From time to time, telecoms companies may need to install telephone masts that run over private land. What rights do homeowners and landowners have if this happens?

Telecoms operators have had enhanced rights to install, operate and maintain equipment on both public and private land under the Electronic Communications Code (the Code) since 2017. This assists with the roll-out of improved networks, like superfast broadband, to meet demands for greater connectivity.

It’s possible that the telecoms company may ask the landowner to grant them a lease over an area of their land, with a right of access, and the right to install, operate and maintain the mast and cables.

However, if a voluntary agreement isn’t reached, telecoms operators can apply for compulsory rights to install and keep apparatus on another person’s property. This allows them to install and maintain telephone equipment without the landowner’s consent.

Under the Code, the courts have the power to impose agreements on landowners. If an operator provides a written notice showing the rights sought and the proposed terms of the agreement (including duration and the amount they’re proposing to pay), the landowner will have 28 days to agree. After that period, the operator may apply for a court order. The Court can favour the telecoms operator if it decides that the public benefit outweighs the inconvenience or disadvantage caused to the landowner – and they can be adequately financially compensated.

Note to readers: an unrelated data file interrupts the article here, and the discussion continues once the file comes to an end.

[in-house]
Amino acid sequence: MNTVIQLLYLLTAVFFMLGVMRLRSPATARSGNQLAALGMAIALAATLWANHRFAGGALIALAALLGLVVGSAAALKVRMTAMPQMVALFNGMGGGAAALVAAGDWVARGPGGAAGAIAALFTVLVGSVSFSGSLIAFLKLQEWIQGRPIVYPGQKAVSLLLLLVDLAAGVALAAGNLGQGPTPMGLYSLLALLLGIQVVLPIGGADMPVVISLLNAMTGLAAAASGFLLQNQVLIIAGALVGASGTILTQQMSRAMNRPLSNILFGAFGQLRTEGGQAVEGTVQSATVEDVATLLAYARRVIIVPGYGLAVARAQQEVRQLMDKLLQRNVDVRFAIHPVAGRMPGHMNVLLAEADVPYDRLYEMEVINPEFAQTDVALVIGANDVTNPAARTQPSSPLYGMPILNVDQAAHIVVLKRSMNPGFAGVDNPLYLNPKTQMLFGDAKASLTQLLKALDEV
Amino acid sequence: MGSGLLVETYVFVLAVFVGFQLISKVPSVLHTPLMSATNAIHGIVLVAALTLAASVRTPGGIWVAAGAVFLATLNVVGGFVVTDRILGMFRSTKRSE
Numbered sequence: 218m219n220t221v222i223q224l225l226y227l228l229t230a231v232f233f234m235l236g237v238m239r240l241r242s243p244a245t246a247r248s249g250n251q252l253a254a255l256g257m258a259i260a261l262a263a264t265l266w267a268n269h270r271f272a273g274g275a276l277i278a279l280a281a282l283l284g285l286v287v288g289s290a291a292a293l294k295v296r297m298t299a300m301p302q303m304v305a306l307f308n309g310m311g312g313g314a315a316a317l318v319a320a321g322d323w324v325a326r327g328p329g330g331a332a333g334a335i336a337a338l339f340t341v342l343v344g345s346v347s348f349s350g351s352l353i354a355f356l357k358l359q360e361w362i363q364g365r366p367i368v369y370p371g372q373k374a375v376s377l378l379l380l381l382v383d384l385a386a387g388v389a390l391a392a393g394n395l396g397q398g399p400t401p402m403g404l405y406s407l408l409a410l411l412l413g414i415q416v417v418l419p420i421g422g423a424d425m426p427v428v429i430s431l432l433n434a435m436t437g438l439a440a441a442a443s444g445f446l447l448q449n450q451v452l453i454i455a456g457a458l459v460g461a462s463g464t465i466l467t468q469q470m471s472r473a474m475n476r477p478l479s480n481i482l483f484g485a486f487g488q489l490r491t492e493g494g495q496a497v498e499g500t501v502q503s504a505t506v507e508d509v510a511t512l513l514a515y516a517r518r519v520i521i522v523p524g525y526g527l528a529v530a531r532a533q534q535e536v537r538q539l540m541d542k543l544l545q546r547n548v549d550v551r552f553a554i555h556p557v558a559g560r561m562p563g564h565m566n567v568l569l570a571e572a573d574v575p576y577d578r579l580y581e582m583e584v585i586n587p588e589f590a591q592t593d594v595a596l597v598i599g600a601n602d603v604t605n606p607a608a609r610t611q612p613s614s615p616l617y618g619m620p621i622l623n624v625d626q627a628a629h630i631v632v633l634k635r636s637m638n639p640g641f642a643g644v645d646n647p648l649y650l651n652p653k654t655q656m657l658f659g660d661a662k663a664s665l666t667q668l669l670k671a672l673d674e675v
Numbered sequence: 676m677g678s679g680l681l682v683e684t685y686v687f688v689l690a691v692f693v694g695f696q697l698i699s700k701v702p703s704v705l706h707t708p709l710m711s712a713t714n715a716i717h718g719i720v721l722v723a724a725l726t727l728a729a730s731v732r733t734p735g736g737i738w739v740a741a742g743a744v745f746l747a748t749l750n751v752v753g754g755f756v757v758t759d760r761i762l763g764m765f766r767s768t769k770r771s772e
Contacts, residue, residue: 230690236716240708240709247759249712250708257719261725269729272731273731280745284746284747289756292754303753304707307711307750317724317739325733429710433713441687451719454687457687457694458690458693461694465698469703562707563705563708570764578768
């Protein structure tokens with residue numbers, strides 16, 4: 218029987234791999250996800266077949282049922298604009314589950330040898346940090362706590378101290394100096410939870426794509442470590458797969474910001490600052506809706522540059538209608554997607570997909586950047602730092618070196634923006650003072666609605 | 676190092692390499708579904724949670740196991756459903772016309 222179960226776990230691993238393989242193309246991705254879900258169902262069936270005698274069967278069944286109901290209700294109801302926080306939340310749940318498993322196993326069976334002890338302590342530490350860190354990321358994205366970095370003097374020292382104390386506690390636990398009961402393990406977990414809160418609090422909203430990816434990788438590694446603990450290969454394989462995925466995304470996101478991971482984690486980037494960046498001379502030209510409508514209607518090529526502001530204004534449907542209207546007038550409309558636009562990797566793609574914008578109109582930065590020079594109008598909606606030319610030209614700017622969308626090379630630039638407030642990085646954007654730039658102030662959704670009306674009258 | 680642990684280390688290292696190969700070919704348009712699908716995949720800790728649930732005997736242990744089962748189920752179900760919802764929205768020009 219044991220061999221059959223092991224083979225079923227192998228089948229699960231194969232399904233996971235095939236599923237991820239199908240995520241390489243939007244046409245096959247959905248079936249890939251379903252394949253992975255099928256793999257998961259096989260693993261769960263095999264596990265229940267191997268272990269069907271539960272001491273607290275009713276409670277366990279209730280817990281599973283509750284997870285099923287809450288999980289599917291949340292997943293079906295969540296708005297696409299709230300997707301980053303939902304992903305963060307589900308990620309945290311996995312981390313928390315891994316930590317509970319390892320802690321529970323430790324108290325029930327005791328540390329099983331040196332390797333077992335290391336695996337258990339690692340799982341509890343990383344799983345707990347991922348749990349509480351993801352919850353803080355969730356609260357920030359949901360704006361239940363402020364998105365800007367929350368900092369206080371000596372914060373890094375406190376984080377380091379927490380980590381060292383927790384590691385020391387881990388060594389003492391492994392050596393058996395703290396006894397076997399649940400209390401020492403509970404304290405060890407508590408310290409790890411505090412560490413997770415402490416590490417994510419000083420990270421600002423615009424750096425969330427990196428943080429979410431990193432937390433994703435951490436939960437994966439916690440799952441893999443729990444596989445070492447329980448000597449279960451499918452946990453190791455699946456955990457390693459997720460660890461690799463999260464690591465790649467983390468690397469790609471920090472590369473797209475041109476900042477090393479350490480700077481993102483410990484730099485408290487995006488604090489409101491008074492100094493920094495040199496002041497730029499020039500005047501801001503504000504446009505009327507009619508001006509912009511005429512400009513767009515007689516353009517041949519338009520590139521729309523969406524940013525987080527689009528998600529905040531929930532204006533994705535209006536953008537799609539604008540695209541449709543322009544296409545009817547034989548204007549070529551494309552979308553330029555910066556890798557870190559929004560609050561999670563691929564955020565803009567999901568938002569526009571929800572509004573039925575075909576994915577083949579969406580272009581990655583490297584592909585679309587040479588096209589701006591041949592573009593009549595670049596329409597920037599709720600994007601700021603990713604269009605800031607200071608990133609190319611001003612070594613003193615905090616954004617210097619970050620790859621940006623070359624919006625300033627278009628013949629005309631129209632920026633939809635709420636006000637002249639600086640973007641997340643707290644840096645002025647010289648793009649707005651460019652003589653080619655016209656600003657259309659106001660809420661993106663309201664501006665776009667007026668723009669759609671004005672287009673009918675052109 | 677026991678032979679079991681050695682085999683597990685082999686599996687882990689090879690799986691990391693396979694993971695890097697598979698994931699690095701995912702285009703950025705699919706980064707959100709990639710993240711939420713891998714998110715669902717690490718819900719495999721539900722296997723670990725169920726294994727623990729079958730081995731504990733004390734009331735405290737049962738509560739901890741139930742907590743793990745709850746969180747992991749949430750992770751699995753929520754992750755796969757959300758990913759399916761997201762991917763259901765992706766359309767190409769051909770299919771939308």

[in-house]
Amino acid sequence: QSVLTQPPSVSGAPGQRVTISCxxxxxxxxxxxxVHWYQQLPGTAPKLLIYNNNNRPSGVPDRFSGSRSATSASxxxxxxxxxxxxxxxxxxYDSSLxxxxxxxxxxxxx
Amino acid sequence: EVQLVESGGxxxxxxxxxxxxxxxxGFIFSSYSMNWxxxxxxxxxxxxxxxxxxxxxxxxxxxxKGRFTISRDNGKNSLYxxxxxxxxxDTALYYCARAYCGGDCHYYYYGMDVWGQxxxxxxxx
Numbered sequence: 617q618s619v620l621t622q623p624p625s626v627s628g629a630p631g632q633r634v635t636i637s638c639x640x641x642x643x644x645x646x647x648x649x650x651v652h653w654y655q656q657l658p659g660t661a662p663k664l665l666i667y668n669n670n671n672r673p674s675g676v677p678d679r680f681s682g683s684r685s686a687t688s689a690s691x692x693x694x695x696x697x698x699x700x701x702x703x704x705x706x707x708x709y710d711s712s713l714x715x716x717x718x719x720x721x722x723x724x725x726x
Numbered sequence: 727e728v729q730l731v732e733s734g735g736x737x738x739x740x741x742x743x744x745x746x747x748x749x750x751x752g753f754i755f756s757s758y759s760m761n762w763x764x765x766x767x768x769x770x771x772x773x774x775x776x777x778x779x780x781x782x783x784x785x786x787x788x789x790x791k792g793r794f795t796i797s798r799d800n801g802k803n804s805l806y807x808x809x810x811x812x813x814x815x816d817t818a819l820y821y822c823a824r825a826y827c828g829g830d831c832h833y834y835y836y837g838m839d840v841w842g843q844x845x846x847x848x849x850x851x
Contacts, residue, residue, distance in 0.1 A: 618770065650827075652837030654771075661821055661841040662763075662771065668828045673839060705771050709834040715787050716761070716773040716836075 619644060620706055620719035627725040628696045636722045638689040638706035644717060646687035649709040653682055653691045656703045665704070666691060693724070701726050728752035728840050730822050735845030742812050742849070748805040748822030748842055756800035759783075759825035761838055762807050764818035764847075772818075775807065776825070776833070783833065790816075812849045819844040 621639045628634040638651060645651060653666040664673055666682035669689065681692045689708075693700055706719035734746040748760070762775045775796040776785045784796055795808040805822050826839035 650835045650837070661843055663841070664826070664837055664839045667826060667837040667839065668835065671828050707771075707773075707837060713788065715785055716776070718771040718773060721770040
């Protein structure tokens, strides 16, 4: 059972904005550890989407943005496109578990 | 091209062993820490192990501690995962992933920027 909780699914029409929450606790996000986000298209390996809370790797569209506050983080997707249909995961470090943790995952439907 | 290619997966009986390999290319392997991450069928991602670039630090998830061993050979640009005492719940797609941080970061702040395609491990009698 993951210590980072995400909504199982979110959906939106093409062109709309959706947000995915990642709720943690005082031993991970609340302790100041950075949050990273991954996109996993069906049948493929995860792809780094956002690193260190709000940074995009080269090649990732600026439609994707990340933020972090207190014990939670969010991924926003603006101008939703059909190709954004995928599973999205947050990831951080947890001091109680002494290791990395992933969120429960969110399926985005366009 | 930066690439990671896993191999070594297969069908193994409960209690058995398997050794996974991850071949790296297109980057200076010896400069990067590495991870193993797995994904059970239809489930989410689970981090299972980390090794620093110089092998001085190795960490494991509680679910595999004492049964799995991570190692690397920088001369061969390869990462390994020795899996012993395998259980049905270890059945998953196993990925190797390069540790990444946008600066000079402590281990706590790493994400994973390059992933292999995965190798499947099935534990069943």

Notably, the landowner will not receive substantial payments from the operator to use their land – which would have been the case pre-2017. The Code introduced a “no scheme” valuation system meaning that, while still supposedly being calculated on a market value basis, any payments made will exclude the value of the proposed telecoms use by the operator.

Despite the Code favouring operators, they must comply with health and safety requirements, including safe access, regular testing and adherence to minimum cable heights. The equipment must not obstruct any existing means of entering or leaving land, and there are guidelines on planting poles in proximity to trees. Importantly, installations must (as far as possible) have a minimal impact on their setting.

If a landowner is approached by operators seeking access to land for surveys and new telecoms leases or other rights, they can seek legal advice to help understand their rights and to secure an agreement that doesn’t unduly burden their property.


Claire Brown

Trainee at Brodies LLP